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Ray's fort crumbles - Illegal houses threaten Sonar Kella backdrop

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By RAKHEE ROY TALUKDAR
  • Published 12.09.11
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Jaipur, Sept. 11: If you haven’t been to Satyajit Ray’s Sonar Kella yet, just rush.

Or it may be too late.

No, it’s not the film Sonar Kella that’s in danger but the Golden Fort of Jaisalmer that formed the backdrop of Ray’s 1974 movie. The 855-year-old fort is crumbling and may not hold out for much longer against manmade and natural interference.

Incessant rain the past few days has damaged the fort, bringing down a 40ft-long and 20ft-wide portion of the retaining wall near the main entrance.

Another part, 100ft long, is on the verge of collapse, making it unsafe for the fort’s residents and thousands of tour-ists who visit it every day and raising questions over proper utilisation of the Rs 6.5-crore conservation fund.

A faulty sewerage, unchecked encroachment and illegal construction, including 35 unlicensed hotels and guest houses, have exacerbated the plight of the world’s only “living fort”, which houses over 4,000 people, said to be descendants of Rajput ruler Rawal Jaisal.

Because of lack of proper exit routes, experts say, water is seeping into the subsurface, making stone particles loose and even soluble.

Built by Rawal Jaisal in 1156 on Trikuta Hill, the fort rises like a mirage from the barren Thar desert with its 99 bastions silhouetted against the sky. It soars 30 metres above a maze of streets, squares, places and a cluster of dwellings, all in golden yellow sandstone.

By nightfall, a sense of mystery descends, something that perhaps inspired Ray to use the fort as the backdrop of his detective movie that starred Soumitra Chatterjee as Feluda, his fictional sleuth.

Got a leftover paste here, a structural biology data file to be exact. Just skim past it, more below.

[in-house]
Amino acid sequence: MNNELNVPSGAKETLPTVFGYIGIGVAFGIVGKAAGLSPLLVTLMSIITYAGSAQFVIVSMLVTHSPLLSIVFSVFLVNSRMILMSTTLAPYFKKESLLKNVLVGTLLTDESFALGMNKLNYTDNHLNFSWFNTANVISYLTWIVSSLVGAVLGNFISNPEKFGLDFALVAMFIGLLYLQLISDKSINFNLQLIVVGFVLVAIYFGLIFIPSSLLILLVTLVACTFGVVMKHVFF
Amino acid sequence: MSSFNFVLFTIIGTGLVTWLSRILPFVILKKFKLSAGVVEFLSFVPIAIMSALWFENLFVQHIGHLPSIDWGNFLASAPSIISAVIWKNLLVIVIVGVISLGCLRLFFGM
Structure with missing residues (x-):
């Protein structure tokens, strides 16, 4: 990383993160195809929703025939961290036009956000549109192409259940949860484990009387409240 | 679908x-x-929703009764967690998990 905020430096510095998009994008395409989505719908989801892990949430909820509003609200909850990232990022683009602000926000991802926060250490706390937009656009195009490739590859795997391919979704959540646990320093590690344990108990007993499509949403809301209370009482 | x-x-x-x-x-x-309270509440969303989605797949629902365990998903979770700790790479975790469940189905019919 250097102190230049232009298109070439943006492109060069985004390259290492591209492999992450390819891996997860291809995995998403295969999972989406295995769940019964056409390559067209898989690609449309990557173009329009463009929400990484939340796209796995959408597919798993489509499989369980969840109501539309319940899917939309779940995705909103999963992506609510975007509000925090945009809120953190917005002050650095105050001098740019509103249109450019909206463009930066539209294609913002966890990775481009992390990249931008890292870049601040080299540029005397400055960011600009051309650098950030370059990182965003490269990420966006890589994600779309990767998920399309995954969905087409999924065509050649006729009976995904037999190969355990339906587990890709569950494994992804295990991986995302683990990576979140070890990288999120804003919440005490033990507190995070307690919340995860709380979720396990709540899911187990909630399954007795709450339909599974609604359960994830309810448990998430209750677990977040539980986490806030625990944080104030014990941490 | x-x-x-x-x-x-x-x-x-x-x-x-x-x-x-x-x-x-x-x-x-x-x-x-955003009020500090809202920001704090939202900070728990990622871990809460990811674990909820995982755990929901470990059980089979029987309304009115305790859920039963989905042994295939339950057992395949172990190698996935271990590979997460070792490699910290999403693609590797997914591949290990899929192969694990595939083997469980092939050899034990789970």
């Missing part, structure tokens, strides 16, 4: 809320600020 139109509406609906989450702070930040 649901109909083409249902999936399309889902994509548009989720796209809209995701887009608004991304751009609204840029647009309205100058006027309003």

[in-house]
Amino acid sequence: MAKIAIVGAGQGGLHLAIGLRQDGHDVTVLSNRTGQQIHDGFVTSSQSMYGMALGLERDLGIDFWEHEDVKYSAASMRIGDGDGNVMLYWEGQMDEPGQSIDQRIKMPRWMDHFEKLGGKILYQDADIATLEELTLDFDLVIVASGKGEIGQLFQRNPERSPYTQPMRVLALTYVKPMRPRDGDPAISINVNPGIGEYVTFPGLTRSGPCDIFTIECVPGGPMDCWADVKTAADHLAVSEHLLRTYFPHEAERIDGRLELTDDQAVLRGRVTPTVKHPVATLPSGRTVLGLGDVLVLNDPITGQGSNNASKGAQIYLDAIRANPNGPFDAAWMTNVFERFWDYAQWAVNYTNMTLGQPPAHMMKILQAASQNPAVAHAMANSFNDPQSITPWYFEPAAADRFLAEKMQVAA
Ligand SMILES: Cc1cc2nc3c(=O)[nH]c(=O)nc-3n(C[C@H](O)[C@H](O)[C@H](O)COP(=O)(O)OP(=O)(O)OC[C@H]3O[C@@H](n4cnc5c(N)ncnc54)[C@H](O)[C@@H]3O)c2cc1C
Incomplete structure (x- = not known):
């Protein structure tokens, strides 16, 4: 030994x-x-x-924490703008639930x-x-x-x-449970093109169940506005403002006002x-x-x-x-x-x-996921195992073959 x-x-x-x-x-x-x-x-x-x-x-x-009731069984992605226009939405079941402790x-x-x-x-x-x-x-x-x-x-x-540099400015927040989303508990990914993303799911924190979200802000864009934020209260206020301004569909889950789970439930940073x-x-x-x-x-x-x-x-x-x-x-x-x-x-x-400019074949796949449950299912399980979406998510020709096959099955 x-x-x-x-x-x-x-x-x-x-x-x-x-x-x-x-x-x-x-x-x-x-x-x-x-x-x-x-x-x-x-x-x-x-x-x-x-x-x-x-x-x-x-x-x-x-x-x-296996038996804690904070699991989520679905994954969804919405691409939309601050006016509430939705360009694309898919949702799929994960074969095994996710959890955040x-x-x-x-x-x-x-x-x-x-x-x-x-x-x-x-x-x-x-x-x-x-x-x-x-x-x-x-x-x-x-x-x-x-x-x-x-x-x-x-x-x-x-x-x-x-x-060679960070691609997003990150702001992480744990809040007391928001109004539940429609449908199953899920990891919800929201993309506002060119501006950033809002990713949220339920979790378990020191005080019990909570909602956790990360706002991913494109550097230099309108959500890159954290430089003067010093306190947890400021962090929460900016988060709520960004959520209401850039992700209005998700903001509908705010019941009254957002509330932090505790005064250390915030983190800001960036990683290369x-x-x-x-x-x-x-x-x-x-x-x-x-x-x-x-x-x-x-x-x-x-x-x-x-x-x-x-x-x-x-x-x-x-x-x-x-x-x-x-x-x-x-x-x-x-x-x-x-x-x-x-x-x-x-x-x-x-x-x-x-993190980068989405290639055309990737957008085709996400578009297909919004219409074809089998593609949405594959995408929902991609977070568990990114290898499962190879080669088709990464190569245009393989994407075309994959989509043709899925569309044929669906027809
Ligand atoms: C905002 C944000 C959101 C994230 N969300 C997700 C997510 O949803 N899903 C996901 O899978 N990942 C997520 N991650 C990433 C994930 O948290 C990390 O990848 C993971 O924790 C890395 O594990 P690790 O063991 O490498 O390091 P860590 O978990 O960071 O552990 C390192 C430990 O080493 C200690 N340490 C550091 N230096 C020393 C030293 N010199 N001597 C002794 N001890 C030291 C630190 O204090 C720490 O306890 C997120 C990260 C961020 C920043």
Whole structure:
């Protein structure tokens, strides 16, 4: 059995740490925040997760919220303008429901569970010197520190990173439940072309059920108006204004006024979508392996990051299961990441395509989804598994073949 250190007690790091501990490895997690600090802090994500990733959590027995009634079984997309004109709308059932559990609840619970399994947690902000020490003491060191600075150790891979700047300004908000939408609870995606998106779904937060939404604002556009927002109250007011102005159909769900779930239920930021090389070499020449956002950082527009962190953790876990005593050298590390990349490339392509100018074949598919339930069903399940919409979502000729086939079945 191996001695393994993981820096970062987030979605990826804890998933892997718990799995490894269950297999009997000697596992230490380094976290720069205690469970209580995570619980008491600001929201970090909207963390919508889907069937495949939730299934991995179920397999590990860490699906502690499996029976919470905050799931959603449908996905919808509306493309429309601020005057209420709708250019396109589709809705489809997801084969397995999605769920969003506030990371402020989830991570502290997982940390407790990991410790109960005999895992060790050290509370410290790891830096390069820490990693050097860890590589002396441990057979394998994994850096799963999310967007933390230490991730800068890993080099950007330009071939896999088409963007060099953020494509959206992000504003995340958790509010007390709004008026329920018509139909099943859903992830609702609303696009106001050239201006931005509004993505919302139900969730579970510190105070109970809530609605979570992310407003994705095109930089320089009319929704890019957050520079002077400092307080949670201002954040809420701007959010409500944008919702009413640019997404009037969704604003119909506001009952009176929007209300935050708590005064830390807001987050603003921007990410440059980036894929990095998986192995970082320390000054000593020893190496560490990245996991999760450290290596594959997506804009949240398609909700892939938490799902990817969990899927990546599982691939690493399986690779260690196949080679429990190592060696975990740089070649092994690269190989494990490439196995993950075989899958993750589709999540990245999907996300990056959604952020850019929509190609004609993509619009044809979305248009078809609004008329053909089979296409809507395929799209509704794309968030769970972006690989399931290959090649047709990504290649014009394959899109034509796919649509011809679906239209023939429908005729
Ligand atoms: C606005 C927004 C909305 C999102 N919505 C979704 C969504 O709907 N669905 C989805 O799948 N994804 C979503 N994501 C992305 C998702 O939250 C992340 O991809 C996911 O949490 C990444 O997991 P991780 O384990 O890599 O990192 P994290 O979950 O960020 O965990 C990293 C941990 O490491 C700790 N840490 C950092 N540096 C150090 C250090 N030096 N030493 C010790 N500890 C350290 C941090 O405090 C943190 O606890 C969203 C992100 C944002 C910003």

As early as 2001, environment experts had observed that the seeping water would be harmful for the stability of the fort.

Amita Beg, the India representative of World Monuments Fund, voiced fears about water seepage underneath the fort and the dangers it posed.

The Lonely Planet travel guidebook advises tourists not to stay in the fort as it is weak and unsafe.

Over the years, 87 of the 469 structures within the fort have collapsed. In 1993, a portion of Rani Ka Mahal, one of its most significant buildings, caved in under the heavy load of its saturated sandstone walls.

Seventeen of the 99 bastions of the fort have already crumbled. The remaining 82 are occupied by people who have built four-storey houses on their edges, making both the fort and their lives unsafe.

Experts fear the bastions wouldn’t be able to withstand the added weight of these illegal constructions and eventually give way.

As the fort area is on weak sedimentary rock units, another danger is from tremors. According to a Geological Survey of India report, the fort is in a seismic zone and that three fault lines pass under it. The 2001 Gujarat quake |had caused extensive damage to several buildings in the fort.

A report prepared by consultancy firm Bombay Collaborative Urban Designing and Conservation also confirmed tectonic movement beneath the fort.

“The main cause of damage to the fort walls and bastions are erosion activity around the hill slopes, drainage congestion, unauthorised activities and absence of a proper sewerage system,” ASI superintendent archaeologist, Jaipur circle, Syed Jamal Hasan told The Telegraph. “Also sand-bearing winds hitting the fort and fluctuations in night and day temperatures cause damage.”

Rules say the permission of the ASI superintending archaeologist, Jaipur circle, is needed for any construction within 100 metres of the fort. In 2004, following a PIL, Rajasthan High Court issued a directive to remove all unauthorised constructions.
But who is listening?

Since 2004, at least 168 new unauthorised constructions have come up inside and outside the fort till March this year. Conservationists say it would be very difficult to remove the unauthorised residents as they account for quite a few votes during election season.

Simon Blake, a UK tourist who returned to Jaisalmer this year for a second visit, said: “The general condition of the fort has worsened in the last five years…. It may be the world’s only living fort, but the residents have turned it into a litter bin with rubbish strewn all around and building their own structures on this historic one. Unimaginable in any other country!